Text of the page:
Lighter approach to standalones?

I recently had an annoying experience trying to get a standalone working. Both @adcxyz’s approach and this one: https://github.com/dathinaios/sc_osx_standalone failed for what appear to be thorny issues with code signing on recent Mac OSX versions. Despite manually unquarantining it all still failed to work. I fear this issue is only going to get worse, and it would anyway be nice to have a cross-platform approach to standalones.

What if we did this:

  • A variant build of the SC distribution, so just another build target
  • tweaked to only read internal and local (i.e. in the same folder and subtree as the app) for extensions and plugins, so no conflicts with other SC installs
  • looks for a particular file (startup.scd or whatever) also in that location and runs it on startup
  • IDE included but could be configured to hide help and documents and only show post window by default. Could perhaps simplify menu structure.
  • For Mac a signed template distribution of this could be made available so no code-signing problems
  • Users just download the template, drop extensions in the appropriate places, add a startup file, and go

I don’t think this would be much work. Thoughts?

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That would be brilliant!
Best,
Paul

SOMEWHERE in the depths of SC history, I worked on a refactor of Cmake that changed the overall structure of SC builds (on Mac), so that sequence was something like:

  1. Build scsynth
  2. Build command line sclang
  3. Build an app package wrapping sclang that can e.g. be launched on double-click
  4. Build IDE app package
  5. Allow IDE to be pointed at (and launch) any sclang app executable / app package, but defaulting to either an embedded one or one that’s next to it in the current folder.

This way, basically ANY build of SuperCollider is already a standalone - you can launch it with a double-click, you can (on mac) drag an scd to the icon to execute it, and building a “standalone” app (e.g. something like LNXStudio) is as simple as copying the regular sclang app and adding code to run at startup.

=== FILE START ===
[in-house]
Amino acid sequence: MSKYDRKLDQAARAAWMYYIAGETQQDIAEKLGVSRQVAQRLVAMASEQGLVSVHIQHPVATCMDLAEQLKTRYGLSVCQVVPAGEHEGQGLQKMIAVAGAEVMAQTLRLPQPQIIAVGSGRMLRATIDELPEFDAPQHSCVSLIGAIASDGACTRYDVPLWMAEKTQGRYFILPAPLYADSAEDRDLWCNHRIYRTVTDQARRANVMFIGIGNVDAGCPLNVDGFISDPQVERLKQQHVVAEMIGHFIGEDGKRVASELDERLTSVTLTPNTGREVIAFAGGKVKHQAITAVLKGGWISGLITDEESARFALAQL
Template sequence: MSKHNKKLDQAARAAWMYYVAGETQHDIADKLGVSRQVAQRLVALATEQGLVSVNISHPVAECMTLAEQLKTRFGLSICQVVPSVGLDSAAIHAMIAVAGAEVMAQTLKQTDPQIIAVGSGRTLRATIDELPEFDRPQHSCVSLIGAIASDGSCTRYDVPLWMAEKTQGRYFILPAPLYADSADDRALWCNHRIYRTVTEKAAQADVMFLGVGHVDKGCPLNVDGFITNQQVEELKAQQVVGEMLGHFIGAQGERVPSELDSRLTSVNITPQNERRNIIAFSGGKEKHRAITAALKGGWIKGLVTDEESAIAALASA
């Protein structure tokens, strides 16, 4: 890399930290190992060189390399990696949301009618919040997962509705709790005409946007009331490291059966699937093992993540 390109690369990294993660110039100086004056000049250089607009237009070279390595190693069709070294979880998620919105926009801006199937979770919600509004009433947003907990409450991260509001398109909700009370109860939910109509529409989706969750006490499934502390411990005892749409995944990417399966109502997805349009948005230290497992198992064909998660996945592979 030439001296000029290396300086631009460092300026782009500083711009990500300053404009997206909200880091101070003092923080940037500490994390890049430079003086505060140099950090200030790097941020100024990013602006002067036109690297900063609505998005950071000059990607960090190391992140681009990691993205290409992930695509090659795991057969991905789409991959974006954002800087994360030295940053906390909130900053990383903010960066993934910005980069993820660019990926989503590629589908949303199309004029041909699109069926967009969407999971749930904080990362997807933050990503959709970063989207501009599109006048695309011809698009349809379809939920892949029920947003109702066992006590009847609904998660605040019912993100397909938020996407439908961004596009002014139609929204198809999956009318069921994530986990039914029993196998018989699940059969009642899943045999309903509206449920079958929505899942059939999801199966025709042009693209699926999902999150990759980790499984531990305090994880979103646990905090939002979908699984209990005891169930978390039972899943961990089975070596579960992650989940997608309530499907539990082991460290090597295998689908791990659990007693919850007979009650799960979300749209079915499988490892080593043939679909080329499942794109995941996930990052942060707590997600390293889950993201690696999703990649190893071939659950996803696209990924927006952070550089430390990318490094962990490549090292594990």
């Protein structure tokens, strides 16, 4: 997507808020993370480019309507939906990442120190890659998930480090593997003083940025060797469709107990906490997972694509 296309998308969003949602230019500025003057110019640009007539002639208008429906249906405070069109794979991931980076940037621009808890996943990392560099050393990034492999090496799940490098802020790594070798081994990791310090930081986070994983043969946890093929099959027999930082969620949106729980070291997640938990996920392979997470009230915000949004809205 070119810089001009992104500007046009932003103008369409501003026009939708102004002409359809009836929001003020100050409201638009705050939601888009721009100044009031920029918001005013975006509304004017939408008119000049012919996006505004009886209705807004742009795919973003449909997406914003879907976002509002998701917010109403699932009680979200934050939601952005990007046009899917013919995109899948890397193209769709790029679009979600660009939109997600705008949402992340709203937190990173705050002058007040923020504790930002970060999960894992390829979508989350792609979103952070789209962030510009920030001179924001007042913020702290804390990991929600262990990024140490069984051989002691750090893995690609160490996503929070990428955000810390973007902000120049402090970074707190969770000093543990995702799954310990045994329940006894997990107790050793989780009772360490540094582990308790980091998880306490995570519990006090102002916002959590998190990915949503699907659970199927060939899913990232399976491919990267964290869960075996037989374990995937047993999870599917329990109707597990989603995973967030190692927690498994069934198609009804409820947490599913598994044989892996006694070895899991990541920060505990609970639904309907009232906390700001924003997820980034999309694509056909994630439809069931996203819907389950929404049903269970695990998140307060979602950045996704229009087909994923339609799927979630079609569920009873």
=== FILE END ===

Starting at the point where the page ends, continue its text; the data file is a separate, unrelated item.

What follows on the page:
I abandoned this project because honestly it was a nightmare nest of cmake problems (not because of cmake, but because the way the SC cmake files were factored at the time was a mess). BUT: I think this approach is still fundamentally valid, and absolutely the appropriate way to proceed. This would especially benefit users of scvim or other IDE’s, since having a regular sclang “application” that behaves in canonical ways would make those workflows much smoother.

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That makes a lot of sense to me! I suppose the only small issue might be some confusion of what to start for new users, but I think an appropriate folder structure would help with that, with IDE at top level. I suppose the same could now be done for scsynth (icon and double clickable), especially since it’s now effectively a GUI application with the VST stuff.

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I just wanted to say that I am both interested in this and I have made some attempts to work on standalones in the past (by modifying the existing builds, not in cmake). It worked a few years back, but it was hacky. I haven’t tried to do it more recently.

Here are a few additional points (IIRC):